Various demographic factors' effects on odds of American Indians being employed, ages 25–54, 2009–2011

Percent increase/decrease in odds
of employment, relative to reference category*
Basic demographics
Latino 28%
Male 48%
Agea 7%
Age squareda 0%
Personal characteristics
Marriedb 19%
Never marriedb -22%
Number of childrena -1%
Veteran 20%
Has a disability -78%
Human capital
Speaks only English at home 15%
GEDc 50%
High school diplomac 108%
Some collegec 192%
Associate degreec 269%
Bachelor’s degreec 427%
Advanced degreec 607%
Urbanicity and reservation status
Central cityd -4%
Suburband 14%
Lives on or close to a reservation -7%
State of residence (reference: states without tribal lands)
Alabama -10%
Alaska 0%
Arizona -29%
California -24%
Colorado 0%
Connecticut 6%
Florida -12%
Idaho -5%
Illinoise 0%
Iowa 0%
Kansas 30%
Louisiana 3%
Maine 0%
Massachusetts 0%
Michigan -16%
Minnesota 0%
Mississippi 50%
Montana -11%
Nebraska 64%
Nevada -14%
New Mexico -10%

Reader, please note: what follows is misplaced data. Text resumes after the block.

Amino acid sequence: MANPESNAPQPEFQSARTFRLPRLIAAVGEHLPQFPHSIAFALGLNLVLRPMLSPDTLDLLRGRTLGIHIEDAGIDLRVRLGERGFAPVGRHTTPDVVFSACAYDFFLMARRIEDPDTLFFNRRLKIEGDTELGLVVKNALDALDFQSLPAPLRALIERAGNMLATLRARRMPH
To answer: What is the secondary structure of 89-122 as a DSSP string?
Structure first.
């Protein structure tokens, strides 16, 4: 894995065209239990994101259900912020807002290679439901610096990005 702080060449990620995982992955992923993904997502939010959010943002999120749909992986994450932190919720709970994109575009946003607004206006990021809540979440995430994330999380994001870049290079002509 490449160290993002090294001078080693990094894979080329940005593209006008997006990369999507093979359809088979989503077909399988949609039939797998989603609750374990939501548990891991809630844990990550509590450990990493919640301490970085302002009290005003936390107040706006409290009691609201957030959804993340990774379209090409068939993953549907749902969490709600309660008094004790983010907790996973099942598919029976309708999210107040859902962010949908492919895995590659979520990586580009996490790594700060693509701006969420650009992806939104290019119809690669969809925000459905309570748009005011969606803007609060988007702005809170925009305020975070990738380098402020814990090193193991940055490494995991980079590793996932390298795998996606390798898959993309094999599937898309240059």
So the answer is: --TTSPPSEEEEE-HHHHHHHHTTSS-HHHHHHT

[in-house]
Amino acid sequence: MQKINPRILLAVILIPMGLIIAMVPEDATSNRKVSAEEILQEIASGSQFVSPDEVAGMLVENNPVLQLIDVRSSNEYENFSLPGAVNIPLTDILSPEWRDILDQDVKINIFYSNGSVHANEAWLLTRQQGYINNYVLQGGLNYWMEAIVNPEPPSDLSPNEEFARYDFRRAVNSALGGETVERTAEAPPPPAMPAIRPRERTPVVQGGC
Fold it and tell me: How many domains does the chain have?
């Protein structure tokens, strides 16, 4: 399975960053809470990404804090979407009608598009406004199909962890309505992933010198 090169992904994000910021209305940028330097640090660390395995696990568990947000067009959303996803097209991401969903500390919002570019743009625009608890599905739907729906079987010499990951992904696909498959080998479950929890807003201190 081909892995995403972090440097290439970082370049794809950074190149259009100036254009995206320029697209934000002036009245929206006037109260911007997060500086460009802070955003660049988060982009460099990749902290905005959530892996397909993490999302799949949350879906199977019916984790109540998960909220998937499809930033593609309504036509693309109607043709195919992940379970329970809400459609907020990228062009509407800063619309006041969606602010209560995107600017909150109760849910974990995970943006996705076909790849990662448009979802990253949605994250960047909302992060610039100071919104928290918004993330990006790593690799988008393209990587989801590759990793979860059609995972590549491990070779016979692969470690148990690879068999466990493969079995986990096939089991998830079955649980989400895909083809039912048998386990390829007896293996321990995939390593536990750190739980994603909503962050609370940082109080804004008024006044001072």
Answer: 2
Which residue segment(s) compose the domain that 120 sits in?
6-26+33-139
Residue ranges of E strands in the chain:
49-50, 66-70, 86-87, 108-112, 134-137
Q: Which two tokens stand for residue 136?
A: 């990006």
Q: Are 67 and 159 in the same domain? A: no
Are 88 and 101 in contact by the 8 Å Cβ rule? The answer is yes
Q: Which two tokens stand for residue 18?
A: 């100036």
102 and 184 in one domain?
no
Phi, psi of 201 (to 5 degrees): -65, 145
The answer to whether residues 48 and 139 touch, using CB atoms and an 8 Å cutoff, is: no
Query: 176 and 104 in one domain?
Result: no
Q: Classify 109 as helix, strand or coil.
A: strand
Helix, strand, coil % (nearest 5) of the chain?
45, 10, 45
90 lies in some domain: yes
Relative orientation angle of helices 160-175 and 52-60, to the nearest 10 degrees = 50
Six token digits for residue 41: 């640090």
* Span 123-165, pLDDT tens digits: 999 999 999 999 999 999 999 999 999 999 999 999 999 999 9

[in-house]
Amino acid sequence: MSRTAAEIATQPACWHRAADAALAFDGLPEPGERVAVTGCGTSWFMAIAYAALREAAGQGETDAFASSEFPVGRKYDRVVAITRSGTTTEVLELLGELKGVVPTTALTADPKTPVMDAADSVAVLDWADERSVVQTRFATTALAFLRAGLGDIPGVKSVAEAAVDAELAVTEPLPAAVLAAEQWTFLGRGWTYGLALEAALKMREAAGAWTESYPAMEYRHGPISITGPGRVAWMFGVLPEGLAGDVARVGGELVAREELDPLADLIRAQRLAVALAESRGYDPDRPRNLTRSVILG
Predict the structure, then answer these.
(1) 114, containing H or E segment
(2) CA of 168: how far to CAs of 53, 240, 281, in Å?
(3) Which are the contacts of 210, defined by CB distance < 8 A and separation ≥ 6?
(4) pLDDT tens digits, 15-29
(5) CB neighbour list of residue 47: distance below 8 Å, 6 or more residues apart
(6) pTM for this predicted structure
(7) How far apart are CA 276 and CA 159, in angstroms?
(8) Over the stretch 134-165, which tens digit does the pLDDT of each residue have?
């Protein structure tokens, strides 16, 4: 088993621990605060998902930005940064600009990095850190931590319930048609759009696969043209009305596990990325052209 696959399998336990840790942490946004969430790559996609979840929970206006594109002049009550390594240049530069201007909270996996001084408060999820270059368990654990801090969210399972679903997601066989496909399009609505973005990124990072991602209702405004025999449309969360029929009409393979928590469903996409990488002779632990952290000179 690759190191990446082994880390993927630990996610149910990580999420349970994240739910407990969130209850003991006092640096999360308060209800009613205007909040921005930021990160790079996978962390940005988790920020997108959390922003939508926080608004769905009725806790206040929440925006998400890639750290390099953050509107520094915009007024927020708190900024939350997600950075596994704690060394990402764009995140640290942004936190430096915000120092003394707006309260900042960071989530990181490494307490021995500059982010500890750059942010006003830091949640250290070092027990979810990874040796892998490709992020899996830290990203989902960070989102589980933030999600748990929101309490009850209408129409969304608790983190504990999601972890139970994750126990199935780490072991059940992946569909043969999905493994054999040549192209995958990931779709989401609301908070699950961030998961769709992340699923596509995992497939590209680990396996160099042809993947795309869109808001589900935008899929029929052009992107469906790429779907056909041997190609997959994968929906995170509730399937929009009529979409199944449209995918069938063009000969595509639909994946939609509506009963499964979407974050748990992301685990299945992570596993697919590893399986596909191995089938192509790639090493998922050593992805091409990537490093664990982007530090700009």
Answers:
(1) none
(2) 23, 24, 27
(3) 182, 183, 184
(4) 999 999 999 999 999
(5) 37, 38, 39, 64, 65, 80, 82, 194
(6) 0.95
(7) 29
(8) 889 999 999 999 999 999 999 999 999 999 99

New York 0%
North Carolina -9%
North Dakota -13%
Oklahoma 25%
Oregon 2%
Rhode Island 13%
South Carolina -9%
South Dakota -24%
Texas 4%
Utah -32%
Washington -13%
Wisconsin 8%
Wyoming 33%

* Except where otherwise noted, the reference category is the opposite of the category indicated in the table. For example, female is the reference category for male, non-Latino is the reference category for Latino, etc. Reference categories are otherwise demographically similar to the categories indicated in the table.

There is no reference category for these variables.

The reference category is separated, divorced, or widowed.

The reference category is less than a high school diploma.

The reference category is central city status unknown, not in a metropolitan area, and metropolitan status not identifiable.

Illinois does not have tribal lands; however, because many American Indians were relocated to Chicago in the mid-20th century, we include it in this analysis.

Note: Percent increase/decrease in odds are derived from odds ratios for the sum of the main and interaction effects. Categories where the change in likelihood is not statistically significant are indicated as having a 0 percent change. These data include American Indian multiracials and Hispanic American Indians, but exclude the foreign born.

Source: Author's analysis of American Community Survey data from Ruggles et al. (2013)

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